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Sense of Place

Don’t underestimate the locals when investigating abroad


Philip Zeidman

Dateline:  Brussels, Belgium

In this gray city—perennial gray skies, gray buildings housing art and sculpture, gray civil servants from the European Union and the North Atlantic Treaty Organization—there is high culture aplenty. 

But tucked among the museums and historic squares there are occasional flashes of distinctly low culture: the city’s red light district, with prostitutes displayed behind plate glass windows; the centuries-old Manneken Pis, the city’s most recognizable statue, of a young boy relieving himself; and...this restaurant where I am sitting now.

The sights, sounds and smells are indistinguishable from thousands of similar establishments in America. Hamburgers. Cheeseburgers. French fries (a Belgian invention, incidentally). Bright lights. Big crowds at lunch, but the service is fast, and friendly.

But where are the Golden Arches? Where’s the Whopper? Nowhere to be seen. For this is not one of the countless overseas outposts of American fast-food restaurants. It is Quick.

Never heard of it? If you lived in any of a dozen countries and territories, you would have. It’s the first fast-food chain of European origin, with 500 restaurants and sales of more than 1 billion euro. Quick, although thought of as French, was founded here in Belgium and is now more than 40 years old. It’s the third-largest fast-food hamburger chain in Europe, and it more than holds its own against those names much more familiar to Americans.

Statue in Brussels

Brussels culture includes its famous statue.

Is this a local oddity, an isolated example?  No, but many U.S. franchisors conduct their business as if it were.

Ask the typical U.S. franchisor expanding internationally who will put forth the biggest competition. The odds are strong the reply will be the same names seen all around at home. And to an extent that’s understandable. After all, the United States was not only the home of franchising, but remains the home of the most famous franchises as well. It is estimated that 90 to 95 percent of the leading franchises of the world are U.S.-based.

But in an increasing number of individual foreign markets, that’s not a useful guide to the true competitors for an expanding U.S. franchisor. Consider just a few other examples: 

• The overwhelming number of franchise operations in Brazil—by some estimates as high as 95 percent—are purely homegrown businesses.

• The largest fast-food chain in Canada (more than 3,000 stores) is Tim Hortons, now almost 50 years old.

• Until acquired by Yum, Little Sheep received 2 percent of all the dining-out receipts in China (more than 2 billion yuan), and operated 300 restaurants in China and five other countries.

• Jollibee’s, operating for almost 35 years, now runs the largest restaurant network in the Philippines (2,000 units), with another 500 in other countries.

• The quick-service chain Herfy’s, with 200 units in Saudia Arabia, is the fourth largest in terms of sales and units in the entire Middle East-Africa region.

• The powerhouse in South Africa is Nando’s. Now a quarter of a century old, it has locations throughout the country and in 32 other countries. (How many U.S. franchisors approach that kind of footprint?)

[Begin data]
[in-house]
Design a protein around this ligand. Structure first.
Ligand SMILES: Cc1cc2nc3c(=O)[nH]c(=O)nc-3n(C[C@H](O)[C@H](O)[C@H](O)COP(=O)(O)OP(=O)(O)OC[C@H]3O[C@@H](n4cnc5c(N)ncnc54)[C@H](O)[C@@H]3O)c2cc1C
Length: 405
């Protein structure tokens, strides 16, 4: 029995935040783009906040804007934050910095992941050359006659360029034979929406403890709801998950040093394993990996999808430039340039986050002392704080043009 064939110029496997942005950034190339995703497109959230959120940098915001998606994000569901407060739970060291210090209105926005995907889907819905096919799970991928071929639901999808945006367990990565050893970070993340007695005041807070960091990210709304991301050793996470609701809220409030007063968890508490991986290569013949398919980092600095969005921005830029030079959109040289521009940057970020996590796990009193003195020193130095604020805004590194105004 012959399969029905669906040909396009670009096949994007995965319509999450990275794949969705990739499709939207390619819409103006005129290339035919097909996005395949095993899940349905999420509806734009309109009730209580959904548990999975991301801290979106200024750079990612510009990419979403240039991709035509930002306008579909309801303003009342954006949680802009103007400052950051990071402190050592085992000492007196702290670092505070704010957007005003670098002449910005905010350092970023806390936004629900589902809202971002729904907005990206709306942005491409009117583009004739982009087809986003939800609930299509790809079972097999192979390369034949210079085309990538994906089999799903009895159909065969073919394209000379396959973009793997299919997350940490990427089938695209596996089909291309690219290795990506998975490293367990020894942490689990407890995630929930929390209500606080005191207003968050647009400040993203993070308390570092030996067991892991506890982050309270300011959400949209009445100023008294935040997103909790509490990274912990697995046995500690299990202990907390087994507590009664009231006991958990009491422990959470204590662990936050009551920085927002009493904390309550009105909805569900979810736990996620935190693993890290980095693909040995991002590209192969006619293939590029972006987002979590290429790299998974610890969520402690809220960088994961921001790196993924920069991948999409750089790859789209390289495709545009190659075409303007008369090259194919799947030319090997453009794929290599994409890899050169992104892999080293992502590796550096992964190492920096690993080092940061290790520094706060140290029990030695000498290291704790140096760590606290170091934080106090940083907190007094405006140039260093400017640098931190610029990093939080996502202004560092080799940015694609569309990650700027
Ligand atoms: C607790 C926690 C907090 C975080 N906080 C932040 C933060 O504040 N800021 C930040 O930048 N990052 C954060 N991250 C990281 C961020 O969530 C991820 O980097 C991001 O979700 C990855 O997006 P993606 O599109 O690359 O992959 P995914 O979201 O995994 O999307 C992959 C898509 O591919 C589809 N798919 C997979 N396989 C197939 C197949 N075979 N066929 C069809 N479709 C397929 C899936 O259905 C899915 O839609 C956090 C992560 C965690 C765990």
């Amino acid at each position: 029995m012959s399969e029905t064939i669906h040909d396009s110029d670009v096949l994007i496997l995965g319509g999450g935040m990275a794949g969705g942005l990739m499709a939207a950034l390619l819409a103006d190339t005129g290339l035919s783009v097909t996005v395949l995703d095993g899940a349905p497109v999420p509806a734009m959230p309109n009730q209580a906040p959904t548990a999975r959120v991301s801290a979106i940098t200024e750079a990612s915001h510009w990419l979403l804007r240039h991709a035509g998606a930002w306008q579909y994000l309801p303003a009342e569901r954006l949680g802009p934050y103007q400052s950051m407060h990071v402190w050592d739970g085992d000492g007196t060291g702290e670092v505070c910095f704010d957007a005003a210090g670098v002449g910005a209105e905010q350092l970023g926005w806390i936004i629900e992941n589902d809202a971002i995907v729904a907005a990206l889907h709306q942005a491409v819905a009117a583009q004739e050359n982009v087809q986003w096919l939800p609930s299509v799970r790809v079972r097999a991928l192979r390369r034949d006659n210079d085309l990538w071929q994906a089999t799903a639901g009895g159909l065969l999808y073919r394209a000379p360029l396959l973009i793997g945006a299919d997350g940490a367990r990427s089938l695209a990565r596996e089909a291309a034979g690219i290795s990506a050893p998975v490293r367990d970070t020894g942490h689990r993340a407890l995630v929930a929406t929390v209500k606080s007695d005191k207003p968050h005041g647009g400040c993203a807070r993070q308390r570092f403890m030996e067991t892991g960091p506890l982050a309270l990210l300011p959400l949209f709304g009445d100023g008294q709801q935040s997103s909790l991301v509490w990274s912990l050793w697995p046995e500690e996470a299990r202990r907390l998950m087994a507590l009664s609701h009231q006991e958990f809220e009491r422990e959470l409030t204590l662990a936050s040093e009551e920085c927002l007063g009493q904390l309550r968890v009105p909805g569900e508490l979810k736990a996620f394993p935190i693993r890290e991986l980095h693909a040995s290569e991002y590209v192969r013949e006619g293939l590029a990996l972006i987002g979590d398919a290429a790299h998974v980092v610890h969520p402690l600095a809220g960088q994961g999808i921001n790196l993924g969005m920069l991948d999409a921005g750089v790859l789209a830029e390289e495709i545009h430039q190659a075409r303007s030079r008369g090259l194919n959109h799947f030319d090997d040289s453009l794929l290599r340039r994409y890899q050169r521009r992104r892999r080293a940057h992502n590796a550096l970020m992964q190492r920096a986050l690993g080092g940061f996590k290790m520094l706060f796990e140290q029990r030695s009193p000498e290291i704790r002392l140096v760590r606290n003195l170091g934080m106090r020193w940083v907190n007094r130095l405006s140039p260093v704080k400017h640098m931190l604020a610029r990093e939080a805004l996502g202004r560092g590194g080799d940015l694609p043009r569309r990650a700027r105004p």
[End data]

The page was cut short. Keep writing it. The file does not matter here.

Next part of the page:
• The largest and most rapidly growing franchise company in Vietnam is not American, but Pho 24, started from scratch by a young Vietnamese native. He has even written franchise guides and has expanded elsewhere in the region.

With this ample evidence about foreign-based competition, what leads to the collective myopia about them?  There seem to be at least three factors at play.

Habit, or less tactfully, an element of laziness. Franchisors can become so accustomed to thinking of a small number of traditional, familiar, domestic competitors that it becomes easy to slip into the assumption that the same list of companies characterizes an international market. What naturally follows is a business plan based on that assumption, with the selection of products or menu items, marketing, advertising, site selection and other features structured accordingly.

One hesitates to raise the cultural factor, because it is especially delicate. But there is no polite way to phrase it: cultural arrogance. Precisely because America has been the epicenter of franchising for so many years, and because widespread efforts to ape the offerings of U.S. franchisors have become almost common in many foreign markets, a kind of condescension takes over (sociologists call it the soft bigotry of low expectations). The notion that a local franchisor can be a fierce competitor to virtually every U.S. import simply doesn’t register as it should, or as soon as it should.

Finally, a peculiar sort of statistical distortion. It is true that a small number of giant, multinational U.S.-based franchisors dominate in terms of global presence: number of units, number of countries in which represented, consumer recognition and the other macro measurements. But that may have little to do with the relative competitive strength in a particular market—where cultural roots and a sense of belonging may more than counterbalance any of those worldwide rankings.  

Extrapolating from statistics based on the entire universe to the circumstances in an individual situation is not, to be sure, unique to franchising; statisticians liken the phenomenon to recognizing that “it is possible to drown in a body of water, the average depth of which is only one inch.” Just ask the guy in the deep end. 

Or, for that matter, ask the customers crowding in here. 

Philip F. Zeidman is a senior partner in the Washington, D.C., office of DLA Piper. He can be reached at Philip.Zeidman@dlapiper.com.

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